PHOTOGRAPHER WEIFERD WATTS, a prolific dance photographer and my good friend of 11 years, passed away October 10, 2010 after a sudden heart attack.
For over 25 years Weiferd captured an incredible array of dancers from the Bay Area, New York, and abroad. Removed from the traditional setting of the stage, the intimate portraits he created required the eye of a choreographer. Without any dance training, he would contort his body in an attempt to demonstrate his visions for movement, which were then interpreted by his subjects, yielding extraordinary results.
I am truly grateful to Weiferd as my first teacher of dance for the camera. I nearly missed the opportunity. He first approached me on his bicycle in a parking lot near Oak and Franklin (SF) in 1999. In a dirty sweatshirt with a wild mane of hair, he rode up and flashed his signature missing front tooth. He said he’d just been watching me in my ballet class and wanted to photograph me. In the days before Google, I nearly threw his card away until I saw some of his stunning photographs at a local dance studio. I now feel so honored to have become one of his many subjects. For nearly a decade I gladly climbed trees, rolled in sand, floated calmly in December lakes, frolicked in Northern California seas, and once jumped more than 80 times in bare feet on unstable rocks at the top of a hill. In return I have some very special images and learned about lighting and composition through our varied and always lighthearted experiments.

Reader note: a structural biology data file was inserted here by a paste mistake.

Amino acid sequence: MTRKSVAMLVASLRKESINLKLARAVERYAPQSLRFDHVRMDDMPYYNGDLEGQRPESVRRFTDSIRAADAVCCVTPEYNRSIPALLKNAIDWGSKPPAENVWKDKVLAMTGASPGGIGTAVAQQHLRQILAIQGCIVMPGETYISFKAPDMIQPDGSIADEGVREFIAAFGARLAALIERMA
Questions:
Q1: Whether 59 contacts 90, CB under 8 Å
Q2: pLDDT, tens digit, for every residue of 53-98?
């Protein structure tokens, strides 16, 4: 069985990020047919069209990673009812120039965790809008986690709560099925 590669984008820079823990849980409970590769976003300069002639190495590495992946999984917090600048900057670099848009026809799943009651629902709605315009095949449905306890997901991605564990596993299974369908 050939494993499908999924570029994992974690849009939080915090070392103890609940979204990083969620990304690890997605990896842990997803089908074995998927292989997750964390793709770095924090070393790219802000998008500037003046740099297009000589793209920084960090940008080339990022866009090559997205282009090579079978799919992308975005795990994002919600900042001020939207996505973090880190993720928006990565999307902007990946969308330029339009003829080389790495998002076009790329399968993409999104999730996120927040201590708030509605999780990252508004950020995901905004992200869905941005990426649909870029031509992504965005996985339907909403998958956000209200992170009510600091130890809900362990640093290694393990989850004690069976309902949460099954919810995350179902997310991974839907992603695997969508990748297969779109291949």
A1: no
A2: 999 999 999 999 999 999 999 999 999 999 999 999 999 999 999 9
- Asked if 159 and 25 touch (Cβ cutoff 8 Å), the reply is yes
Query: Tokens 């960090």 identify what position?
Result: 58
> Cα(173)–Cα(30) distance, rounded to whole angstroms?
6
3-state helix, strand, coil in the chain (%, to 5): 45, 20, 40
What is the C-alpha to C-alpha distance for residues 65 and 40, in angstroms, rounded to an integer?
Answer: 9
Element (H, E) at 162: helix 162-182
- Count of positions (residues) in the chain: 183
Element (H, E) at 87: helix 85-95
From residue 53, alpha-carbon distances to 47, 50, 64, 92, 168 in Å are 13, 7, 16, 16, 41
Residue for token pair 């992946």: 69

In 2000, I was inspired by Weiferd’s already impressive body of work to produce my first dance-for-camera event, a solo show of his work, which launched me onto a new path toward becoming a curator. I began to create video work of my own, following his lead by taking dancers into unusual terrain and creating narratives around improvised situations.
Weiferd’s work captured the fleeting presence of a generation of dancers and documented a fascinating collaborative process between two disciplines. Dance and photography were his passions and both fields will mourn his early loss for years to come. Enjoy what he left behind, weifoto.com.